After the wars, new borders were drawn in the Balkans and new states were formed. But a common feature for all the states is multiethnicity. NATO and the EU are both involved in securing the region and supporting conflict management processes while helping to build up civil society. However, the transition is ongoing and the Western powers are not the only ones building up their influence in the area: Russia and Turkey are also key players, each for its own national interest.

The Situation Today: Economics and Politics

The current challenges facing the Balkans need to be understood on two levels to see how the stability of the region and of the Eurasian landmass are connected. The first level is the internal issues of the Balkan countries. The second is outside powers’ stakes in the region.

Before tackling the various rivalries and hatreds that animate the politics of this region, we should note that economically, the Balkan Peninsula is by far the least developed of any region in Europe. These are all small countries with small economies that did what the rest of Europe did during the heady 1990s and 2000s – they grew by exports. In 2015, exports accounted for 48 percent of Serbia’s GDP, 49 percent of Croatia’s GDP, 49 percent of Macedonia’s GDP and 43 percent of Montenegro’s GDP. Exports made up 32 percent of Bosnia’s GDP and 27 percent of Albania’s GDP in 2014, the most recent data available.

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The problems that the rest of the world’s exporters are facing hurt the Balkans more because of their small size and limited options for trading partners. Germany is sitting on an export bubble, but bought itself time first by exporting to China, then to the U.K. and the U.S. But now, even Germany’s economy is vulnerable and German imports of goods from the Balkans are decreasing. Italy is also facing economic challenges. All of this puts pressure on the Balkans and has eroded both the EU’s reputation and the incentive for many Balkan countries to listen to what the EU wants, as membership has become either unattainable or undesirable.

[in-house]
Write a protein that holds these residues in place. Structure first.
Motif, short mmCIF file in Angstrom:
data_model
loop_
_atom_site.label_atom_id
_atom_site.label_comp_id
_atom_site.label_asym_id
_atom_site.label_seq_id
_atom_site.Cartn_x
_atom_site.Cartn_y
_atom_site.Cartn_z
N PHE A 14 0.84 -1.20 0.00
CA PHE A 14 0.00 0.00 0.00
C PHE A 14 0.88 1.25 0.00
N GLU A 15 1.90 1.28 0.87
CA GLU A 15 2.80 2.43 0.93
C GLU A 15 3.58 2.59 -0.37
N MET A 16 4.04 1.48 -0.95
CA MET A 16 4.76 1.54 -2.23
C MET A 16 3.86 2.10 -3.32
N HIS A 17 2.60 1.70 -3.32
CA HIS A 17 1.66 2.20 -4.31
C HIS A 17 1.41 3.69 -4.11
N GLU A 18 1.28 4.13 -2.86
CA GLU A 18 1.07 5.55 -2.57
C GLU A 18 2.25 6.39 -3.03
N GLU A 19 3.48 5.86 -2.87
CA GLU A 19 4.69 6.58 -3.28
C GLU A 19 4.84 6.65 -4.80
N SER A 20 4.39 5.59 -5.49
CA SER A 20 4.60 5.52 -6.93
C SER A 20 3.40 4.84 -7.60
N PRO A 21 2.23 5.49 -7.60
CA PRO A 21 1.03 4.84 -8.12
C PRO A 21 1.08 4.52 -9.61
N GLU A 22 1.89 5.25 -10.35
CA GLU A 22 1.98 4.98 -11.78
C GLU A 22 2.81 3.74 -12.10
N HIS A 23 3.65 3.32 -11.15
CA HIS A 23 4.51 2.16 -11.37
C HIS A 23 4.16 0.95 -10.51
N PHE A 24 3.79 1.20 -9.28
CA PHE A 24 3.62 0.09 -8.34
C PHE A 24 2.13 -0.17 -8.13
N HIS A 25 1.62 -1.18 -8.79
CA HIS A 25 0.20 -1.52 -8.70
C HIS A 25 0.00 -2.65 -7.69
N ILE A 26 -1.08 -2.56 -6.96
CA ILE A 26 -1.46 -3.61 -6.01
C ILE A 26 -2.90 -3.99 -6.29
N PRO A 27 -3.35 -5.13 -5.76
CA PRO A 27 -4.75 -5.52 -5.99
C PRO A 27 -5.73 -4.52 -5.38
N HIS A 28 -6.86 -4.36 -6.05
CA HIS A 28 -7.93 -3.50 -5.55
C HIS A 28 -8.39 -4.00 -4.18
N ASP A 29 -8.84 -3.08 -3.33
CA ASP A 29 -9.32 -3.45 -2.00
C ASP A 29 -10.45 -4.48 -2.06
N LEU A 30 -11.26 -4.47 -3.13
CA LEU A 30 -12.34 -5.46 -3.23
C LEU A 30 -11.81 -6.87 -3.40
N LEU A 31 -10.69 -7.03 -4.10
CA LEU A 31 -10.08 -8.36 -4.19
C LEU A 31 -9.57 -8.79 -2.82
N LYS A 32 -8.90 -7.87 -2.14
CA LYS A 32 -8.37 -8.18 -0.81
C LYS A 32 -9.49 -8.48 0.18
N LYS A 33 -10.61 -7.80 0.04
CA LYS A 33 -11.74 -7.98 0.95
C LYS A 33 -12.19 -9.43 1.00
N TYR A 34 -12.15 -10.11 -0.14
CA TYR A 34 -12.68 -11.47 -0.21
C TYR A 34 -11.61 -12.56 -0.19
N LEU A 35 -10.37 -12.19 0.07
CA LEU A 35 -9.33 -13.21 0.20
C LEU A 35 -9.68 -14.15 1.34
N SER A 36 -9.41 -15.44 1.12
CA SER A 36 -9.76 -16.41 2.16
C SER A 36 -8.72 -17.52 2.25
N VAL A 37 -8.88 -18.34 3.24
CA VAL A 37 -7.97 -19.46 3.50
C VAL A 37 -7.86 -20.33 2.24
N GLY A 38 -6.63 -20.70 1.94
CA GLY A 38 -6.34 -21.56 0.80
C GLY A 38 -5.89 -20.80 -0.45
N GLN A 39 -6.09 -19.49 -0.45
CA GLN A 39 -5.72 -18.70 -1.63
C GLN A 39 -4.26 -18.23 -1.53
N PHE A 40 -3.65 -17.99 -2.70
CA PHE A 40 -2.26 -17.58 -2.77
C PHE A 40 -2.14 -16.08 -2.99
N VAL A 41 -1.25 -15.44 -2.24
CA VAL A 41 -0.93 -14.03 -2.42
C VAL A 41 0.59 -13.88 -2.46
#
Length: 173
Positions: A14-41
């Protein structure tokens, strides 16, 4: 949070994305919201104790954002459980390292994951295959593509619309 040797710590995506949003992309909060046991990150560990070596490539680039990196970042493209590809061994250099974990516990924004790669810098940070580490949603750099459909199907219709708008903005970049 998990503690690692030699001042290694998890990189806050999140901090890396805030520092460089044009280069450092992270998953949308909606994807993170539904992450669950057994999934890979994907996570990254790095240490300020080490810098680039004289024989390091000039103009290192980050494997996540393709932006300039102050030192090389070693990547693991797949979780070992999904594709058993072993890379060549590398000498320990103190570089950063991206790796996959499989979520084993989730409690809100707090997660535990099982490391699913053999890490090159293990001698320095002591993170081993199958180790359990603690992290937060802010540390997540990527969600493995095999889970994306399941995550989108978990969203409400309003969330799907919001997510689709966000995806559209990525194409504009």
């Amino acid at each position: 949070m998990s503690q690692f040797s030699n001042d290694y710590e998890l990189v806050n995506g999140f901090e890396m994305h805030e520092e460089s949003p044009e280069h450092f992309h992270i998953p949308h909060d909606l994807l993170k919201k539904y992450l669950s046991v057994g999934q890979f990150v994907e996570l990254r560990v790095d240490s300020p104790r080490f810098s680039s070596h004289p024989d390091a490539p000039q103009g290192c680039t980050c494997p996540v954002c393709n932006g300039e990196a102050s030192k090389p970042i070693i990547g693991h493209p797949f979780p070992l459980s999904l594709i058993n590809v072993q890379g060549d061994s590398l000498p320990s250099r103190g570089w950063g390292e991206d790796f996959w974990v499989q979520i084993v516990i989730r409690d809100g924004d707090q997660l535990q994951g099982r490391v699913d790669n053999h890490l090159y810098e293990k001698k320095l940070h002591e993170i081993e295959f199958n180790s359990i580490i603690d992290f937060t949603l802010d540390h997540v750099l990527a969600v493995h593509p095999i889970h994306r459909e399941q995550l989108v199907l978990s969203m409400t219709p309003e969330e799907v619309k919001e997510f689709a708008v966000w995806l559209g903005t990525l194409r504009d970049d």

Meanwhile, unemployment rates in the western Balkans are by and large some of the highest in all of Europe. Bosnia and Kosovo both put Greece’s 23.5 percent unemployment rate to shame, Macedonia and Serbia are in the same neighborhood, and Croatia is doing the “best” with 13.2 percent unemployment. Youth unemployment is even worse, at well over 50 percent in some countries. Albania has the lowest with 29.2 percent youth unemployment.

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The economies of the Balkans aren’t doing well, there aren’t enough jobs, and the youth are being disproportionately hammered. We’ve seen what a similar cocktail of economic issues has given rise to in the Middle East. This kind of economic duress breeds resentment, hopelessness and eventually conflict.

That resentment often spills over into the political arena. Kosovo declared independence in 2008, but Serbia still doesn’t recognize Kosovo’s sovereignty. Bosnian Serbs want independence in the form of an independent Republika Srpska. There has recently been unrest and tension over a referendum on establishing their national day on Jan. 9, celebrating the 1992 date when Republika Srpska declared independence, thus indirectly invalidating the Dayton Agreement of 1995. The agreement established the Bosnia and Herzegovina federation.

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Tension remains high between the Croats and the Serbs; a recent article in a Serbian newspaper described relations between the two countries as having entered a period of “cold war,” after Serbia protested Croatian rehabilitation of heroes that Serbia considers war criminals. Macedonia witnessed widespread protests in April that threatened to destabilize the country, which is now heading into a fraught and tense election cycle.